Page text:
Author Topic: Yule in the Labyrinth  (Read 1806 times)

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Offline Constance

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Yule in the Labyrinth
« on: December 20, 2012, 10:39:23 pm »
This evening after work, I went to the labyrinth at Mercy Center for a Yule walking meditation.

Yule, the Winter Solstice, is the longest night of the year. The lore behind the ritual is that it is the time of the Rebirth of the Sun. The days will be growing longer and the Sun will be growing in strength. It's a time when light is said to be growing stronger against dark.

I have a problem with the use of "light" to mean good things and "dark" to mean bad things. If I understand the symbolism properly, it has to do with things being more easily seen in the light. Still, I find it troubling.

And I was very troubled this Yule. A week ago 20 children and 6 women at a school were shot to death. What light will be reborn into the lives of their survivors? What can I do to help bring the light back to those survivors? I have no use for theodicy and will not under any circumstances attempt to explain away the horror that befell Newtown, CT, with meaningless platitudes of G'D's will and that the victims are in a better place. I recognize that religion is not required for one to be moral. For me, I feel that I derive tangible benefits from participating in my complicated faith.

It's Yule: a Wiccan holy day. But my Christian and Buddhist influences are not set aside on days like these.

Thinking of the shooter led to think about the idea of loving my enemies. What does that mean? I think I understand the Golden Rule. Treating others in the same way I want to be treated, to take the poetry out of the Golden Rule and reword it in simple English, makes perfect sense to me. So it seems that loving my enemies would be to treat them as I would want to be treated. How is that done when I feel so assailed so often? If any readers have any insights, please make them known.

When I got to the center of the Labyrinth, I stopped the meditative music I was listening to and invited my gods, guardians, ancestors, and spirit allies. Meditating briefly at the central stone, I then prepared to recite my Charges.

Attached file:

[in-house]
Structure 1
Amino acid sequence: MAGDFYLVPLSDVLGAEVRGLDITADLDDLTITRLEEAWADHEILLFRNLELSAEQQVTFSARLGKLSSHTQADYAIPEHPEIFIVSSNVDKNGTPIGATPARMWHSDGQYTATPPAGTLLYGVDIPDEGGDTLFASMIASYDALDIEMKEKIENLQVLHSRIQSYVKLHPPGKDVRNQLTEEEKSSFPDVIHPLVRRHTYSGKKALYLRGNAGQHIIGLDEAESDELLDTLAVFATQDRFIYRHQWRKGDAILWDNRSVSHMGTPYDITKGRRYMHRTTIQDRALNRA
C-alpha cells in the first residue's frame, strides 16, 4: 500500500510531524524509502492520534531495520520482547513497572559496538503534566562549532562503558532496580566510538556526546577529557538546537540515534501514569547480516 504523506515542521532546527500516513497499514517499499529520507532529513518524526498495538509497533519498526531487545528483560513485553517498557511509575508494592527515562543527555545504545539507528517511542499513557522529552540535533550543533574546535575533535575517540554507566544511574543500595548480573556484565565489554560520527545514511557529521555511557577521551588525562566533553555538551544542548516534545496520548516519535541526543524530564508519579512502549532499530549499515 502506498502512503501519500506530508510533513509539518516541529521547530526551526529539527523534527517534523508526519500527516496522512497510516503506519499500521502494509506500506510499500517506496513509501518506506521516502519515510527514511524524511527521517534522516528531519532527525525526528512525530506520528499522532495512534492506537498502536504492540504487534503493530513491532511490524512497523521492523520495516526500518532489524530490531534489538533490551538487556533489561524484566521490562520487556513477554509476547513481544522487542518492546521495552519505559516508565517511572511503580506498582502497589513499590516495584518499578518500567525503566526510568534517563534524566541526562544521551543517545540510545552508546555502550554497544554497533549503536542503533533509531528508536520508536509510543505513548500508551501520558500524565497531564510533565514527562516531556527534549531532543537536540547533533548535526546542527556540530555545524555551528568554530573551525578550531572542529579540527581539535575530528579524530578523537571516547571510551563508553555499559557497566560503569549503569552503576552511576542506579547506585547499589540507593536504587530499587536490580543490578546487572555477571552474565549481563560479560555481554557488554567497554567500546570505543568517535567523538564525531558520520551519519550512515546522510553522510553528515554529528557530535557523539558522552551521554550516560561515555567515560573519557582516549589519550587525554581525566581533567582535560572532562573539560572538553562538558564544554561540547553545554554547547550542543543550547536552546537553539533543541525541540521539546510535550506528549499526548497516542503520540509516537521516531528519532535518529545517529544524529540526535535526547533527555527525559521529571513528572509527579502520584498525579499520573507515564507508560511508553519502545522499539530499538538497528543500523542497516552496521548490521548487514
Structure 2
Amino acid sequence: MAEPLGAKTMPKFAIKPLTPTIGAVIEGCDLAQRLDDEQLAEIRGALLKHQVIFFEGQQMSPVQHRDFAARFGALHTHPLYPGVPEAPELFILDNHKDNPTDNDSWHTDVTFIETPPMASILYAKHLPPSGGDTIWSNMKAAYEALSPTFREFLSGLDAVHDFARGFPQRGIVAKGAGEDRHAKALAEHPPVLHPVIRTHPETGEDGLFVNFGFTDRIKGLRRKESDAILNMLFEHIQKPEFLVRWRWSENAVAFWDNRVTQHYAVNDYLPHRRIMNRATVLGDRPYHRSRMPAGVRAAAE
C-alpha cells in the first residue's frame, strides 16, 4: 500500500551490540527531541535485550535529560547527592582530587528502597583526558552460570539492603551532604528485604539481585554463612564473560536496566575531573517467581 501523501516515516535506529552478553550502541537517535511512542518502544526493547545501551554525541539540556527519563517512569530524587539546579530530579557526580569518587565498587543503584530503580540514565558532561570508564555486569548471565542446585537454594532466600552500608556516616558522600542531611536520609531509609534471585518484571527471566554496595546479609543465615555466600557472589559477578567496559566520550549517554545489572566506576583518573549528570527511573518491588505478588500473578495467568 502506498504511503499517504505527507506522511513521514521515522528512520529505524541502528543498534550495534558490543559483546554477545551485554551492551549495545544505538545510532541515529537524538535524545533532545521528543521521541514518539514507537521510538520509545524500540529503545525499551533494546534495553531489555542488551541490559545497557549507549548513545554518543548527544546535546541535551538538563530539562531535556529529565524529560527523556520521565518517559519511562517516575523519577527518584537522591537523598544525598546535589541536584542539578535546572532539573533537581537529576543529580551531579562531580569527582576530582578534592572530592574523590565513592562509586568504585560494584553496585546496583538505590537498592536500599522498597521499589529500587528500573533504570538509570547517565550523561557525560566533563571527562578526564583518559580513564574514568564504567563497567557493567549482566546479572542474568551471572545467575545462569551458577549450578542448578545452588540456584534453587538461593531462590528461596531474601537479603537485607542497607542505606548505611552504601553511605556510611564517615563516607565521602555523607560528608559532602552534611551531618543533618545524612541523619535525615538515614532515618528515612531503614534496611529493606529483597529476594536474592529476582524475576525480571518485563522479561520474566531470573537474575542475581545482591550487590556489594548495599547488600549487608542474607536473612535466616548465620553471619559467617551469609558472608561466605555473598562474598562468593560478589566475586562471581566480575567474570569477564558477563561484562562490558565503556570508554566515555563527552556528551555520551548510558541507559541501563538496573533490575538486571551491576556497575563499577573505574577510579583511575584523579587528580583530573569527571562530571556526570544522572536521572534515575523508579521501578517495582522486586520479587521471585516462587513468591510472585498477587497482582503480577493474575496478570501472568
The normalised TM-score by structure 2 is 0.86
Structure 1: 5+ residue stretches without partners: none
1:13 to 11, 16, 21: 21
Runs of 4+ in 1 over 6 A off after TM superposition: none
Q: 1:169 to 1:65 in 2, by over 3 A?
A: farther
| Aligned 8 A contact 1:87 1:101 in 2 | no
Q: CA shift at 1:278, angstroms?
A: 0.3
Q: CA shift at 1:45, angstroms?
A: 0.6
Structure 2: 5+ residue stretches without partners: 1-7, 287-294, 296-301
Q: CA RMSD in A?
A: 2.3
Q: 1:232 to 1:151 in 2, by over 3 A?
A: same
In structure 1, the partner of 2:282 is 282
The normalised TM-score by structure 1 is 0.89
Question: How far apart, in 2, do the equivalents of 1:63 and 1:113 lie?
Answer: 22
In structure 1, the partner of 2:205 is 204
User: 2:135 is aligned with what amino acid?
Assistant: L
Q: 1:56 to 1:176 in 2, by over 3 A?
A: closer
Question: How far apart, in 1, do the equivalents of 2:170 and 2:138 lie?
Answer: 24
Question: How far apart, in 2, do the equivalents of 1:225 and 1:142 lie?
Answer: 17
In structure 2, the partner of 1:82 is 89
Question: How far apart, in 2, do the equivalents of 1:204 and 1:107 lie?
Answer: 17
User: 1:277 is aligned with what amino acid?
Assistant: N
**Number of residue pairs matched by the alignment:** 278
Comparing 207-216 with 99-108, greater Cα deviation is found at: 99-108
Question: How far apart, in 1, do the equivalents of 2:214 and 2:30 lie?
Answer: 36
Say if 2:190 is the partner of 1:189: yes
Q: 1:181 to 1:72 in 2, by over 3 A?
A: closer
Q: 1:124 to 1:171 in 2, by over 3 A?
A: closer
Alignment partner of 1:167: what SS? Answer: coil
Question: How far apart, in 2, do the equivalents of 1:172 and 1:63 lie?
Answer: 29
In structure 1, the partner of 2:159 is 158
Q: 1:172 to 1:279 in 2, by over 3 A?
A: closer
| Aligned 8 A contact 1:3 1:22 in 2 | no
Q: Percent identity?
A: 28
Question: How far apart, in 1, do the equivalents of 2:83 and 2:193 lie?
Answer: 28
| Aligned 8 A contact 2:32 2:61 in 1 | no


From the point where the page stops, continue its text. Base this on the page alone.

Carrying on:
In the Autumn of 2007, I was looking for copies of the Charge of the God and the Charge of the Goddess that weren't so vengeful and (to me) violent. By Samhain, I had written my own, adding a Charge of the Transcendent One to include my Christian and Buddhist influences. These were written about 6 months before I began truly exploring the concept of gender identity, and I fully identified as male at that time. Reciting those charges this evening, they seemed to take on new meanings.

My own words took on new meanings.

Even in 2007, I was disappointed by the Charges of the God that I'd encountered that seem to equate the willingness to do combat with what it means to be a man. My Charge revolved more around the strength a protective father would employ to care for his children. But the line that struck me most this time was as follows:

Quote
Those who sacrifice themselves to no
benefit have lost my path.
Sacrifice is sacred, and must serve a
sacred purpose.

I've spent much of the last year and a half in a very bad place. Negativity was easy to come by. At Samhain earlier this year, I put a slip of paper into the cauldron of the Fire altar in the South quarter that said "Self Hate." It was the negative thing about myself I wanted purged from me. The coven members would not be reading these slips, but would be burning them ritually at the first full moon after Samhain. But Self Hate is stil with me.

In my Charge of the Goddess, the following stuck me:

Quote
Search for peace within, and share peace
with all you meet.

I paused mid recitation and asked out loud, "How? How do I search for peace within?"

It was then that I realized I feel like I'm doing things wrong. How can bring Light and Peace to others when I can't bring it to myself? I decided it was time to reconnect with my Zen teacher, and time for me to return to Sangha too. That second part will be a little harder. During zazen I find my inner demons, my Hungry Ghosts, all to willing to visit me. I've been at war with them. But Hungry Ghosts are meant to be fed and nourished. I'll be contacting my teacher to arrange a practice discussion with her.

I must also revisit my discussion of forgiveness with my pastor. How can I hope to forgive others when I can't forgive myself? How can I love my enemies when I can count myself as an enemy and I still harbor so much ill will toward myself?

I went into the Labyrinth with a simple question, How to bring Light back, and left it with even more questions. I think this is a good thing, though. Confusion has led to some clarity, in a way.

Blessed be.

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